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Be a leader, regardless of rank

  • Published
  • By Senior Master Sgt. Nicholas Sinnott
  • 375th Aerospace Medicine Squadron
As a senior master sergeant in today's Air Force, I've personally met many successful Airmen ranging from a young airman basic to a major general. I'm impressed with how the Air Force has profound trust in our youngest Airmen. For example, Senior Airman Timothy Burnett from the 375th Aerospace Medicine Squadron thrives as a bioenvironmental engineering technician.

He manages multiple wing-level programs ensuring the safety of 31,000 personnel. His dedication to the mission of his unit is made possible by his ability to be heavily involved in the community all while earning his Community College of the Air Force degree. Burnett and the thousands just like him are the standard in the Air Force today. Our military faces multiple challenges such as, budget cuts, terrorism, manning reductions, and environmental issues. This is why it's imperative that no matter what rank you currently hold, the Air Force has a need for all of us to be leaders. I will cover a few tips that can help make us better leaders, followers, Airmen.

So what characteristics do you look for in a leader? I asked this same question at our last squadron commander's all. My ears perked up when Airman 1st Class Brandon Herrera said, "Leaders need to be approachable." This is one of the characteristics that I value most in leaders. Leaders must be approachable, not intimidating.  An approachable leader fosters an environment of open communication up and down the chain of command. When personnel in a unit feel at ease, united, and are able to communicate freely without fear of retribution productivity goes up.  Approachable leaders listen more than they speak, allowing for every member to contribute ideas. 

As a young Airman, I learned a leader does not always have to resolve everything, but instead should guide others to communicate and develop solutions together. People will seek out these leaders with good and bad news. Always show compassion and empathy, let your team know they can always come to you regardless of your rank. If people trust you, they'll come to you. Being approachable and accessible are outstanding leadership qualities.

Be honest at all times. Or perhaps you have heard it as, "Integrity First!"  Integrity is a core value for all Airmen, and key to being a good leader.  To better understand this let's look at a lie. Lying causes stress and hardship on you and others. If you tell the truth 99.9 percent of the time, then lie just once and get caught, your credibility is lost. Imagine, your boss and co-workers can no longer believe or trust you; even when you are telling the truth, because you lied to them. Lying will always make a situation much worse. Don't turn a mistake into a crime by lying to cover it up. Admit mistakes, people will trust you more when you make a mistake and admit it. No matter what the setting, everyone wants to be fully confident in their leaders, and to be fully confident they have to believe that their leaders are people of strong character and solid integrity.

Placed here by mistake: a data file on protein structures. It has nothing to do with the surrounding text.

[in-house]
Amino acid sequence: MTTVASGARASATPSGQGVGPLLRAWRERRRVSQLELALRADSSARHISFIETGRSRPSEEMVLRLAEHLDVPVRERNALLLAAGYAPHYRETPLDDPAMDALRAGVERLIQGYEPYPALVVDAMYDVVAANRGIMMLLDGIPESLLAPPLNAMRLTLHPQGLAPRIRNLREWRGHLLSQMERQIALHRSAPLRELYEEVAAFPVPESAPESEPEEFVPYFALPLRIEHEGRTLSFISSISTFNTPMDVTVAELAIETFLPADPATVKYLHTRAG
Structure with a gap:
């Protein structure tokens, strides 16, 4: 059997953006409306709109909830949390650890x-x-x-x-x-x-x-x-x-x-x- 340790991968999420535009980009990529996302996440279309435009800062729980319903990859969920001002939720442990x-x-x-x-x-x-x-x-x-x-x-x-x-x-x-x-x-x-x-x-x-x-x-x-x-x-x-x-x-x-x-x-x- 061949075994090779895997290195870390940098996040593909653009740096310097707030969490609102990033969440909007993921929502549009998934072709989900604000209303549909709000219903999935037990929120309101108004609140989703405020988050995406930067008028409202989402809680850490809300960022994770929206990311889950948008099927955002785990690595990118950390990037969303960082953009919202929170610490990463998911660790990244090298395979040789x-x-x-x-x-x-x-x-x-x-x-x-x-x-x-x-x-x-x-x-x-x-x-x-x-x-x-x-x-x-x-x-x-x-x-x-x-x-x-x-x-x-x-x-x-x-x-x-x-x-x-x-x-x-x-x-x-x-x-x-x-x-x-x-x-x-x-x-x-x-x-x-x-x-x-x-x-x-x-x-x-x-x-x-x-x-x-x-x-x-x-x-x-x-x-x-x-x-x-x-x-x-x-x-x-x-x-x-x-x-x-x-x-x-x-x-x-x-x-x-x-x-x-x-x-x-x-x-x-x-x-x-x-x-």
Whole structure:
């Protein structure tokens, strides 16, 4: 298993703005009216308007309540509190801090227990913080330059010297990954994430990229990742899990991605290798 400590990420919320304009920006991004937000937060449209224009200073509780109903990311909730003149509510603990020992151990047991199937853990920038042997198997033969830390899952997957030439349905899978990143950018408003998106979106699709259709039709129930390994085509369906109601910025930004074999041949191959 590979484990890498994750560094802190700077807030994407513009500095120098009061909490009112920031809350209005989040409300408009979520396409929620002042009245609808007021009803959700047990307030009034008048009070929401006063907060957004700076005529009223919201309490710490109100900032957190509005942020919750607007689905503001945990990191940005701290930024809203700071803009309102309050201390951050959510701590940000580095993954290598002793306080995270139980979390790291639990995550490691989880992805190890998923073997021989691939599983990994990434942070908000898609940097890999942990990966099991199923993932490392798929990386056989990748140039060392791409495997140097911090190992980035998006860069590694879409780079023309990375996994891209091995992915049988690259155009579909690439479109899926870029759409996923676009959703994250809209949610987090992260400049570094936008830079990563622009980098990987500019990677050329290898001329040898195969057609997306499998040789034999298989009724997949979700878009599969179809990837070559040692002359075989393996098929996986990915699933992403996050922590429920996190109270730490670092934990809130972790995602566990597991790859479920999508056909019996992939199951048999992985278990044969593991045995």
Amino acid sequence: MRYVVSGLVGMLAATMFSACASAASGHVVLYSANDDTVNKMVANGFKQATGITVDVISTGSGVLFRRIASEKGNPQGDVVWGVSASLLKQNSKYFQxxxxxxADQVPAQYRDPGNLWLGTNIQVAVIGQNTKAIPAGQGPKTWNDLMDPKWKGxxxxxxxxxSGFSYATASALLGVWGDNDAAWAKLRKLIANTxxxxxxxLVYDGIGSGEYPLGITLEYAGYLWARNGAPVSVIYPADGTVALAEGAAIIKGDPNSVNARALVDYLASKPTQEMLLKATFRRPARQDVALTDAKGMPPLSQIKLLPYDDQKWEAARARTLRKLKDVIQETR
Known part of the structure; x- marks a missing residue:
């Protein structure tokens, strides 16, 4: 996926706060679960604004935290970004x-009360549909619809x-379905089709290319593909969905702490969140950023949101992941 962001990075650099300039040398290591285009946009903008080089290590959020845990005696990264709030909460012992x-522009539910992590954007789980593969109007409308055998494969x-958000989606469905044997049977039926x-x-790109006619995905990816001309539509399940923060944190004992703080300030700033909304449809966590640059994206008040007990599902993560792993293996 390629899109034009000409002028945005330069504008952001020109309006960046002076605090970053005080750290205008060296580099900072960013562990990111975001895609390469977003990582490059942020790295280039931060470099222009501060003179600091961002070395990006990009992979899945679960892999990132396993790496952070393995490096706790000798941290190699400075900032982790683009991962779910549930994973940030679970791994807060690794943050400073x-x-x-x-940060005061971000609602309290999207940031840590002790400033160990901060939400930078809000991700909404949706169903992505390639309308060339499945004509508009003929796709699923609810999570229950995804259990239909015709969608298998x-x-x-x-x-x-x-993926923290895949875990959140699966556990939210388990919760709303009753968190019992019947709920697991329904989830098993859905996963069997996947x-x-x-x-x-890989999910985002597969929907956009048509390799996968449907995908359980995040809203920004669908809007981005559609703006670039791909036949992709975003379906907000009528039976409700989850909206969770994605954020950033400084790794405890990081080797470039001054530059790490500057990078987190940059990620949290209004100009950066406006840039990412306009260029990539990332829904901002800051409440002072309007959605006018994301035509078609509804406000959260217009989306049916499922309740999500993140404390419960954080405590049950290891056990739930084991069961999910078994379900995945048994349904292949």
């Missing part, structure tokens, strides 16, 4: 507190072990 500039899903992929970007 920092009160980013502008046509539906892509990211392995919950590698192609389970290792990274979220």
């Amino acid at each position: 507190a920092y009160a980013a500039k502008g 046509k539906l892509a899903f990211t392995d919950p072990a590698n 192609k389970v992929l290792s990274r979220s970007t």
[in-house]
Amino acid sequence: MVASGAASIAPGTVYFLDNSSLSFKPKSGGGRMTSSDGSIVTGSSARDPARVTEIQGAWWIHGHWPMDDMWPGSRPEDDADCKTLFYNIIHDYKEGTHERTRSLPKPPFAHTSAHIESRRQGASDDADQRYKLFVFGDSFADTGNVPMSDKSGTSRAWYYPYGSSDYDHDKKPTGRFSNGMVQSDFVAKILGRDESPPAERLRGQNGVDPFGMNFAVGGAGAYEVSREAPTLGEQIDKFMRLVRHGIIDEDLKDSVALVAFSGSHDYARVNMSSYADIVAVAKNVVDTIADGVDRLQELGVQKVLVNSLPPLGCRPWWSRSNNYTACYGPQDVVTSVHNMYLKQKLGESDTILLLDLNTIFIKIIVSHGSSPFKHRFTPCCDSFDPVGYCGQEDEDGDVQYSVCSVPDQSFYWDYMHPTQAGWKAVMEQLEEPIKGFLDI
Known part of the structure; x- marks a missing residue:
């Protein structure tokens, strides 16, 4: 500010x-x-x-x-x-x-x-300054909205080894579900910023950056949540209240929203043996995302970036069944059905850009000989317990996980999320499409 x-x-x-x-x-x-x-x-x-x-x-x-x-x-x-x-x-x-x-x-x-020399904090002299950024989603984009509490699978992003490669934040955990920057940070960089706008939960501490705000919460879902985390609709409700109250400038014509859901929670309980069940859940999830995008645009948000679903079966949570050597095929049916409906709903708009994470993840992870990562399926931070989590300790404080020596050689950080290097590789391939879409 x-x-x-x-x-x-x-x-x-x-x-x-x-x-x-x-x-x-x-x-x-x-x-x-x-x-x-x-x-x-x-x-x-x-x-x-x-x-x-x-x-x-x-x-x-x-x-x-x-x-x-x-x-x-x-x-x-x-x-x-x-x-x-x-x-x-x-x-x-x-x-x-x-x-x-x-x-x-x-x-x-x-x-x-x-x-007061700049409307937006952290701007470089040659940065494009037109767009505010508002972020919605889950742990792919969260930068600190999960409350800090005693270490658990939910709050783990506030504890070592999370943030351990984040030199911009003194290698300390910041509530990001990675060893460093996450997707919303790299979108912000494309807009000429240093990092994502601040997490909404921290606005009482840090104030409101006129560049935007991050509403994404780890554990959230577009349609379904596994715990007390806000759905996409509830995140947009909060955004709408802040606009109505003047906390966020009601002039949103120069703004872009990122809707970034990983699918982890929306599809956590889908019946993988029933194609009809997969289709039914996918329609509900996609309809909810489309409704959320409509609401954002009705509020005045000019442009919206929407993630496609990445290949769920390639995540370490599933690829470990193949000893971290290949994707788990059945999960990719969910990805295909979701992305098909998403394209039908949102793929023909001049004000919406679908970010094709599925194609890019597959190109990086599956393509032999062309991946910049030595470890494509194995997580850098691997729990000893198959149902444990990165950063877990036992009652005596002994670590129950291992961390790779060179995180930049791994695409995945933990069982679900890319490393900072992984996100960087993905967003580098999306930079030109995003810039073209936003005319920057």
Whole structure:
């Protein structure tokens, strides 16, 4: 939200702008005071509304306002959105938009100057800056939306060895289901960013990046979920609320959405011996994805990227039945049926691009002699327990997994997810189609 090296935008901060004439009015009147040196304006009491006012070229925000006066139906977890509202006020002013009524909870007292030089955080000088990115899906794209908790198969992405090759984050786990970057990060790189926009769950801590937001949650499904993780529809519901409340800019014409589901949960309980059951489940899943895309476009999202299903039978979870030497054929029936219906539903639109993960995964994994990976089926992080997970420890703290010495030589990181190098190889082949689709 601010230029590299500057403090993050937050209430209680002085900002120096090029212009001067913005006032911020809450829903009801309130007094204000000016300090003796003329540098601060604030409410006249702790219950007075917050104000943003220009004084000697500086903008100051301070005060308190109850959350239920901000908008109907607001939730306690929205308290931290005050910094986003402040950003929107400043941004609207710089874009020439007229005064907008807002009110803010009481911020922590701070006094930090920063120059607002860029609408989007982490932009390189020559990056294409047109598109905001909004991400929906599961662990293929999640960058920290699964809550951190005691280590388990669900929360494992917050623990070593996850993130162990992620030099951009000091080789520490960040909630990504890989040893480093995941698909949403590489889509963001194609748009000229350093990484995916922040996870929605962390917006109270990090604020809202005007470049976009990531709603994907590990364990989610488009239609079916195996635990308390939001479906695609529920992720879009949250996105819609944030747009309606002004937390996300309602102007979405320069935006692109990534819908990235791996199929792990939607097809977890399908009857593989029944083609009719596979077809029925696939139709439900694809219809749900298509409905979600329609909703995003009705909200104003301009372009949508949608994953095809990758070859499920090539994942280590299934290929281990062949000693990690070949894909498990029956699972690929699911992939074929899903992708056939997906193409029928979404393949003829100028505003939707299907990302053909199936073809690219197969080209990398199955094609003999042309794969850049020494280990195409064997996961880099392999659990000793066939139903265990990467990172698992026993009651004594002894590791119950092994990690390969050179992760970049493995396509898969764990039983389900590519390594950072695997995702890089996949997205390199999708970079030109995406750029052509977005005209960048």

Be financially stable and live within your means. Leaders must be trusted; but how can you be trusted if you can't manage your own finances? Write down how much you make every two weeks. Below that number, write down how much you spend every two weeks. Subtract the bottom number from the top and if the answer is less than zero, you are not living within your means. It seems like a simple calculation, but it's a calculation that many people dread. Being financially responsible will not only help your credibility as a leader, but can save your career and security clearance.

Be a valuable team player. Knowing your role in the unit, wing, and mission is paramount to team dynamics in the work place. If you're in a position to make a decision, make it. Don't settle on just being average, but instead challenge yourself and others to be the best. Don't just maintain the programs you manage, but enhance them. Look for process improvement opportunities and slash unnecessary hours spent on redundant work. Lead from the rear, be a good follower first. Followership is the foundation to leadership. Followers influence and mold the leader's views.

Followership can be powerful and it is through the dynamic model of followership that leaders can fully realize their potential and the potential of the organization.

Develop your writing skills.  Everyone deserves a supervisor who knows how to write. Bullet statements are essential elements that will get our best people promoted and assigned to positions of greater technical and management responsibility. The local Air Force Sergeant's Association here sponsors an extensive two-day bullet writing workshop once a quarter. Find opportunities to fortify your writing skills and teach others. Do your subordinates a favor and learn how to capture what they do by writing "powerful" bullets. This is part of being a leader and taking care of your "hard-chargers."

These leadership characteristics are ones every Airman should consider and add to their personal leadership toolbox.  Remember; regardless of your rank or current position, you are a leader, a follower, an Airman!  Being a good follower is the foundation to being a good leader. Our nation is counting on all of us, to lead the way to the future. By striving to be honest, stable, approachable, and a true member of the USAF team there is no way we can falter.  Leadership through followership has proven to be an effective way to build professional combat ready forces throughout history, and we will continue in that tradition.